I’m quite a fan of the turn-based strategy games, such as the venerable Civilization series. Unfortunately, guiding a fledgling civilization from the Stone Age to the Future takes quite a large chunk of time, and there are a few occasions I wish I could just speed things up a bit. Well, the designers of Rise of Nations
had the same idea, and brought us a great little real-time-strategy game with a bit of turn-based strategy feel. Think Age of Empires meets the Civ series, and you’ve got a pretty good idea of what’s going on.
Actually, the Age of Empires analogy is appropriate, as Rise of Nations
feels quite a bit like AoE with several additional eras of history. All the mechanics of traditional RTS games are here…resource gathering, construction of buildings and infrastructure, researching various technologies, and fielding military units. Resources consist of the usual food, metal, and wood, which are gathered by setting up farms, mines, and logging camps. Wealth is accumulated through taxation and the establishment of trade routes between friendly cities. A final resource, knowledge, is gathered by building and staffing universities. These resources are used in training troops, constructing buildings, and researching the technologies needed to improve the civilization and eventually advance through the various historical eras.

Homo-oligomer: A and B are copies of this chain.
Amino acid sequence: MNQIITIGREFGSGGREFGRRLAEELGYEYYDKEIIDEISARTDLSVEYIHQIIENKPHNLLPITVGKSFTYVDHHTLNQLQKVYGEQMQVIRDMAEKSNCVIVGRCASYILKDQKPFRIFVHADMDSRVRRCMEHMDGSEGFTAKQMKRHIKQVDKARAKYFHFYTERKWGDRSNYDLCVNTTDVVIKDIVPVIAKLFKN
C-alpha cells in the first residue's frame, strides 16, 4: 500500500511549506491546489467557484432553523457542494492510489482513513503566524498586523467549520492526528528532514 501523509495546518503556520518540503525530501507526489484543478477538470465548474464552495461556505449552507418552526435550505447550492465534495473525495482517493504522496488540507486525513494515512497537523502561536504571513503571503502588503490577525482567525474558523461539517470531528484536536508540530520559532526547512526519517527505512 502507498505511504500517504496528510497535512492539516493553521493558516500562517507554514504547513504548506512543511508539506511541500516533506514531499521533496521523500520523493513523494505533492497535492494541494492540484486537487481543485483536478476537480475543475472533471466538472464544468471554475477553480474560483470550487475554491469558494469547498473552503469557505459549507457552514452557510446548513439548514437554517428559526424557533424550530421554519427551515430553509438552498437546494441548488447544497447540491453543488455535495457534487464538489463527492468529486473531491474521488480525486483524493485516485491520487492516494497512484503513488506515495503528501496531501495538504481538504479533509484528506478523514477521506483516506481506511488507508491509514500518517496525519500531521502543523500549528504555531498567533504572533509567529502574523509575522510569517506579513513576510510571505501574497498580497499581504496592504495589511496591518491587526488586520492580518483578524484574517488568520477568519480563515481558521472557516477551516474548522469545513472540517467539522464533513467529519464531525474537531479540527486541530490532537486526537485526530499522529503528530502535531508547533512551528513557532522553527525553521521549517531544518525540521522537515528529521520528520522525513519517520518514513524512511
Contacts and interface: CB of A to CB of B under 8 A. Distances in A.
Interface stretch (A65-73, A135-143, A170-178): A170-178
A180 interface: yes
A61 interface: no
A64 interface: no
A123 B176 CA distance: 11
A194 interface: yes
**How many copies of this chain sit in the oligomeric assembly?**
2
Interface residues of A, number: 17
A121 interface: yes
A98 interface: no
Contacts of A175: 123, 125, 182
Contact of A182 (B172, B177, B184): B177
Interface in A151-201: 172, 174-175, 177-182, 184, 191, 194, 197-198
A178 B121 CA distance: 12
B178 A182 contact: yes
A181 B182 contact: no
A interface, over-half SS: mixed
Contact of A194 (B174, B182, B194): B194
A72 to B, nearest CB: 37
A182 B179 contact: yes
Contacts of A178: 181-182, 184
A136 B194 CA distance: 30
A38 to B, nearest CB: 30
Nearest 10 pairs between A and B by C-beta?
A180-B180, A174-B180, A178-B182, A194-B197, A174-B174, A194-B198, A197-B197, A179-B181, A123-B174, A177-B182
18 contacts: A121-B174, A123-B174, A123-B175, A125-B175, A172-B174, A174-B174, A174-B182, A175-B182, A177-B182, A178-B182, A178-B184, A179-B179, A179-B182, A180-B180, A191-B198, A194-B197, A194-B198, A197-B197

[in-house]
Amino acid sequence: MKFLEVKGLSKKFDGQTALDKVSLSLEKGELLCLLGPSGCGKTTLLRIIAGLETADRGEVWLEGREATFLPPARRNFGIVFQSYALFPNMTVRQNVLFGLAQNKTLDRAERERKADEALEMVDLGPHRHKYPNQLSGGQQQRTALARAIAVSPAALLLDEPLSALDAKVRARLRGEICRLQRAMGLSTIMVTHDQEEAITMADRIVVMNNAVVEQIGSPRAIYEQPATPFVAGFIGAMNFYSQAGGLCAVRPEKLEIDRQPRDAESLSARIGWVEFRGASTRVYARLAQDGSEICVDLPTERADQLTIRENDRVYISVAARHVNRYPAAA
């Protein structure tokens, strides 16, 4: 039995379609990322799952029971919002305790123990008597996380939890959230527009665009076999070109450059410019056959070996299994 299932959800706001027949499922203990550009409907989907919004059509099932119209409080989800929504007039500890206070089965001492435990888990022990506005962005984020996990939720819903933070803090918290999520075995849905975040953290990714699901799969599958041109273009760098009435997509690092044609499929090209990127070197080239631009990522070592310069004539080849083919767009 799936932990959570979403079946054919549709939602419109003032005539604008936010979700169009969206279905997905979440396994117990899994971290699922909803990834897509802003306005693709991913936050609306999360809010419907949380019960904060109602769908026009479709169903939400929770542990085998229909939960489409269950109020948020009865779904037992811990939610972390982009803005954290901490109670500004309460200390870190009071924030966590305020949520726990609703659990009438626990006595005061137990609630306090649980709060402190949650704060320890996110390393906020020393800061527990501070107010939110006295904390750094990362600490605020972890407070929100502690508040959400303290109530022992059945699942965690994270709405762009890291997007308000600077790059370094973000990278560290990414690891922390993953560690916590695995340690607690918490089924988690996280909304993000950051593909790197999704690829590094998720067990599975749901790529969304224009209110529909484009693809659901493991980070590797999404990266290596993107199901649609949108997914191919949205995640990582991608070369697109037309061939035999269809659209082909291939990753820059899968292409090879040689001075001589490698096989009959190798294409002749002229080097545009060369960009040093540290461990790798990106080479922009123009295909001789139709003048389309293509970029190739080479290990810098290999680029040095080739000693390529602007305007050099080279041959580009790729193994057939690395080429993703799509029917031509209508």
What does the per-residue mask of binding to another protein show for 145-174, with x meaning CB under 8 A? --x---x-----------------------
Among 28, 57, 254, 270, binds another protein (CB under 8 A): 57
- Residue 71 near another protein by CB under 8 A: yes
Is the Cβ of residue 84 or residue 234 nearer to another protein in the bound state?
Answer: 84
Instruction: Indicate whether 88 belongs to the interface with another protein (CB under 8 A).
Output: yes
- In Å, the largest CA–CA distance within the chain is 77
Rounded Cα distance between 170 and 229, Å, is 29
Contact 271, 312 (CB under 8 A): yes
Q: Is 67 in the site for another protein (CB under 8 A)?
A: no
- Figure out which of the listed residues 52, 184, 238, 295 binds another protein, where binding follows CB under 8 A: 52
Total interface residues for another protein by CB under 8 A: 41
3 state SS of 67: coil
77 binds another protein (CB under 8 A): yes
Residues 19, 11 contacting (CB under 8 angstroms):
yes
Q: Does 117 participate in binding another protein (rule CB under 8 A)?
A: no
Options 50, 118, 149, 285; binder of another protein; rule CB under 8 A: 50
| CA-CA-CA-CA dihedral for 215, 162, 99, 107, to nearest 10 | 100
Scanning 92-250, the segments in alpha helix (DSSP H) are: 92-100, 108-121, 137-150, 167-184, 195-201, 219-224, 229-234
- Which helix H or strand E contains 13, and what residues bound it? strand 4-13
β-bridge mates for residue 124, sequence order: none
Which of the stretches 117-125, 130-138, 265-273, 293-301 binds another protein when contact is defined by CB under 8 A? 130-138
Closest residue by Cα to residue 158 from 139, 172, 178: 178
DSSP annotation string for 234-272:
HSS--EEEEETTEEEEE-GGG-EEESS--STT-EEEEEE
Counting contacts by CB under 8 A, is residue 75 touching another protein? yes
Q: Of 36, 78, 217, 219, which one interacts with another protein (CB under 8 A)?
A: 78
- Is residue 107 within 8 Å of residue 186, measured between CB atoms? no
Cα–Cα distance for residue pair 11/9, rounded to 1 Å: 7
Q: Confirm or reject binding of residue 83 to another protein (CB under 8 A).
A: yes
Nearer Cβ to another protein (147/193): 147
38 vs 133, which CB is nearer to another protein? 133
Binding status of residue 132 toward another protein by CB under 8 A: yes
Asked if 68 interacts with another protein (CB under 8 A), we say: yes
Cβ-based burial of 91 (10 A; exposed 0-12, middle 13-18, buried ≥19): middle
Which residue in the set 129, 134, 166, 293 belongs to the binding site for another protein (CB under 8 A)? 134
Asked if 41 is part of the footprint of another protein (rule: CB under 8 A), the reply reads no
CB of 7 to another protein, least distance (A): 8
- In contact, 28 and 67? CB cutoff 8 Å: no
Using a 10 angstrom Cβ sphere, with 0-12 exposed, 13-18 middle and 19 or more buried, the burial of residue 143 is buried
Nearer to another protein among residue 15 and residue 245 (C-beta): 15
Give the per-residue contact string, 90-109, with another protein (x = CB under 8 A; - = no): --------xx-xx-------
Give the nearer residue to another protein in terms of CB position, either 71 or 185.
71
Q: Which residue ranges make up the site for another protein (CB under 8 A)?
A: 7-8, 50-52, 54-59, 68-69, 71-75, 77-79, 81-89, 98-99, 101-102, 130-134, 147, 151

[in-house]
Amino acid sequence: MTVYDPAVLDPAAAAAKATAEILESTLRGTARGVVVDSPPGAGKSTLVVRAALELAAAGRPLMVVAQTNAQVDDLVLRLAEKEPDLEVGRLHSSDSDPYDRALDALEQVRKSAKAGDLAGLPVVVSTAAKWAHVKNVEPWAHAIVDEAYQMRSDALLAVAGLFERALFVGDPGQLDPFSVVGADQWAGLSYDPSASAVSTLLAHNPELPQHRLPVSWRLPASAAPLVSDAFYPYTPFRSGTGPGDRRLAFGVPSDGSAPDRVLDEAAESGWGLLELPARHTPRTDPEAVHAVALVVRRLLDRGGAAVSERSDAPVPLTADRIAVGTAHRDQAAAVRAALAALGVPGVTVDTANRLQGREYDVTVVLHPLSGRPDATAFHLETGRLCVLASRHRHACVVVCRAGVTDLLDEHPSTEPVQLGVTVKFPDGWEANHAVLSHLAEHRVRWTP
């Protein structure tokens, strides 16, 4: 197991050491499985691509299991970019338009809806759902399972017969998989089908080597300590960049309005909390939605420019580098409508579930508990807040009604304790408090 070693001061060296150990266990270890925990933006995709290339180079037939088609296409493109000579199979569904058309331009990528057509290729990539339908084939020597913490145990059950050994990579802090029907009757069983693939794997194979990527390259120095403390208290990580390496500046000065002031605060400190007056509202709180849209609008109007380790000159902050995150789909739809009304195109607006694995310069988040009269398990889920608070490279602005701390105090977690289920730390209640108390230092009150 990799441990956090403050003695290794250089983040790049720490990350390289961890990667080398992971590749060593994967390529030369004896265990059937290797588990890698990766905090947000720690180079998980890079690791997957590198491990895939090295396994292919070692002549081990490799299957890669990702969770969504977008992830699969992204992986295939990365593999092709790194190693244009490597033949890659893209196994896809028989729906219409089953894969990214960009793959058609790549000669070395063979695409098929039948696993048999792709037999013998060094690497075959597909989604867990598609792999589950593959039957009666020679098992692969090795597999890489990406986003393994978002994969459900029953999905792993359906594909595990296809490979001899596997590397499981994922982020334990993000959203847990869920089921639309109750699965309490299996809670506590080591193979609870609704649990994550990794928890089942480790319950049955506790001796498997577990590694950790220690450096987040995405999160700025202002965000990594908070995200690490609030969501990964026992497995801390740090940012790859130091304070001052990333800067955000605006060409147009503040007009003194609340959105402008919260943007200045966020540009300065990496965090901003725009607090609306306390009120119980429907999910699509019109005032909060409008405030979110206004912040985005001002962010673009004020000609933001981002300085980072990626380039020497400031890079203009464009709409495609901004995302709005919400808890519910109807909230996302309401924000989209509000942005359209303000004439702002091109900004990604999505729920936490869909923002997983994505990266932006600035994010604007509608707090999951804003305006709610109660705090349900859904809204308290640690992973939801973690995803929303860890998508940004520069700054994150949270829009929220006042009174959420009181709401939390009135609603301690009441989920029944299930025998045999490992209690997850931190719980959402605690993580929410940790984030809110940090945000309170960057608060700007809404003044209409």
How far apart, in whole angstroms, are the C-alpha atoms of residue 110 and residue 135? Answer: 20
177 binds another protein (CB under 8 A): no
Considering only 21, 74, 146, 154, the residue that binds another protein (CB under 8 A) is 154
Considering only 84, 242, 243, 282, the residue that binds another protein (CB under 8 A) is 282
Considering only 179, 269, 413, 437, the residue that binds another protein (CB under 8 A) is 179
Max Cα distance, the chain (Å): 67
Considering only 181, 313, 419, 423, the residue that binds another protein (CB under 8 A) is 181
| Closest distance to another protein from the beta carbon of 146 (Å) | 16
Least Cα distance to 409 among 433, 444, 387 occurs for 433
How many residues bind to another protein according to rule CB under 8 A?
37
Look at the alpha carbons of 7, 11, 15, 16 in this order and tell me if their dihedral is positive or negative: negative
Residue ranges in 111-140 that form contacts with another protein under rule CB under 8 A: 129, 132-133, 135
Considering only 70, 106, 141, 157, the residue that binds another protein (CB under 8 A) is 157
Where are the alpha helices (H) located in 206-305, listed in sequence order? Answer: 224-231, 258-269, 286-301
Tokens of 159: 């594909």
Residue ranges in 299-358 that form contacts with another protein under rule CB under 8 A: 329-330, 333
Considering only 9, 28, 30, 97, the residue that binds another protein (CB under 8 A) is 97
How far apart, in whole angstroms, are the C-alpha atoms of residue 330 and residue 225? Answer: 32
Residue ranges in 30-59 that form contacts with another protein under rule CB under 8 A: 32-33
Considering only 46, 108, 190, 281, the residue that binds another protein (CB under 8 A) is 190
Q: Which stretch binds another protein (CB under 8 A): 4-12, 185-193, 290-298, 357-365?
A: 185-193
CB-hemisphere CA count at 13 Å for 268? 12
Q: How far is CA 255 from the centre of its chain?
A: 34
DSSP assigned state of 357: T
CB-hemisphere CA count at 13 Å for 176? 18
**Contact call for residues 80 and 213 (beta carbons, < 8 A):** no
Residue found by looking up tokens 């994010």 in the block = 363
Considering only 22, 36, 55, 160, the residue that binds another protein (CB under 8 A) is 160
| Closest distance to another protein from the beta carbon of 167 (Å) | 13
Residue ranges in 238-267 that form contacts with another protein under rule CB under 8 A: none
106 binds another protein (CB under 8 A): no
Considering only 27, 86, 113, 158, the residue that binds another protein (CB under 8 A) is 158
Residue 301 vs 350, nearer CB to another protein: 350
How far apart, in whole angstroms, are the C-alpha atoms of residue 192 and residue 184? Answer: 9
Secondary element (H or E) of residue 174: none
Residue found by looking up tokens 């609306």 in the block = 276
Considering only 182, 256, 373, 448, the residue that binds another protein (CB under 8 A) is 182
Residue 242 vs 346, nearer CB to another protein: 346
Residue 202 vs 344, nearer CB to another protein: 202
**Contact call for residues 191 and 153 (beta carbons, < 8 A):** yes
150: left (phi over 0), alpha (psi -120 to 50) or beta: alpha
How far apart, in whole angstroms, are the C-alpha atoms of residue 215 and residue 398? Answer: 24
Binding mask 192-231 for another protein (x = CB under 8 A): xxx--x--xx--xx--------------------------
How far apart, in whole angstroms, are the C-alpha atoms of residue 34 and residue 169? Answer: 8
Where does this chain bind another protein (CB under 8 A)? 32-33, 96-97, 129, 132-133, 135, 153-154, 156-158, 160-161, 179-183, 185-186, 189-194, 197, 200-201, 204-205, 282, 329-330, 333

Game play will also be quite familiar to anyone who has dabbled with the AoE series. The controls are almost identical, and with a quick perusal of the various technology trees veteran RTS players will be able to jump right in. Unit strengths and weaknesses follow the “rock-paper-scissors” approach—a particular unit will be strong vs. some unit types and weak vs. others. Balancing these strengths and weaknesses when building the army is quite important. Since RoN covers such a wide range of history, things would get pretty confusing with all the unit types available, if it weren’t for the instant upgrades. Once a particular historical era is achieved and the appropriate unit technology is researched, all units of that type are automatically upgraded empire-wide. So, once the tank technology is researched, all of the heavy cavalry horses instantly become armored vehicles. It may not be terribly realistic, but it avoids the headache of dealing with quickly-outdated units. Land, sea, and air units are all available at the appropriate eras in history, which makes for a nice assortment overall. Special units, such as Generals and Spies, are also included to add a bit more depth to the mix. Spies can, well, spy on the enemy, gaining intelligence and even bribing enemy units to switch sides. Generals provide extra bonuses in combat to the troops, and they confer special abilities on their armies, such as the ability to entrench (giving a large defensive bonus) and forced-march (allowing units to move much more quickly for a short period of time).
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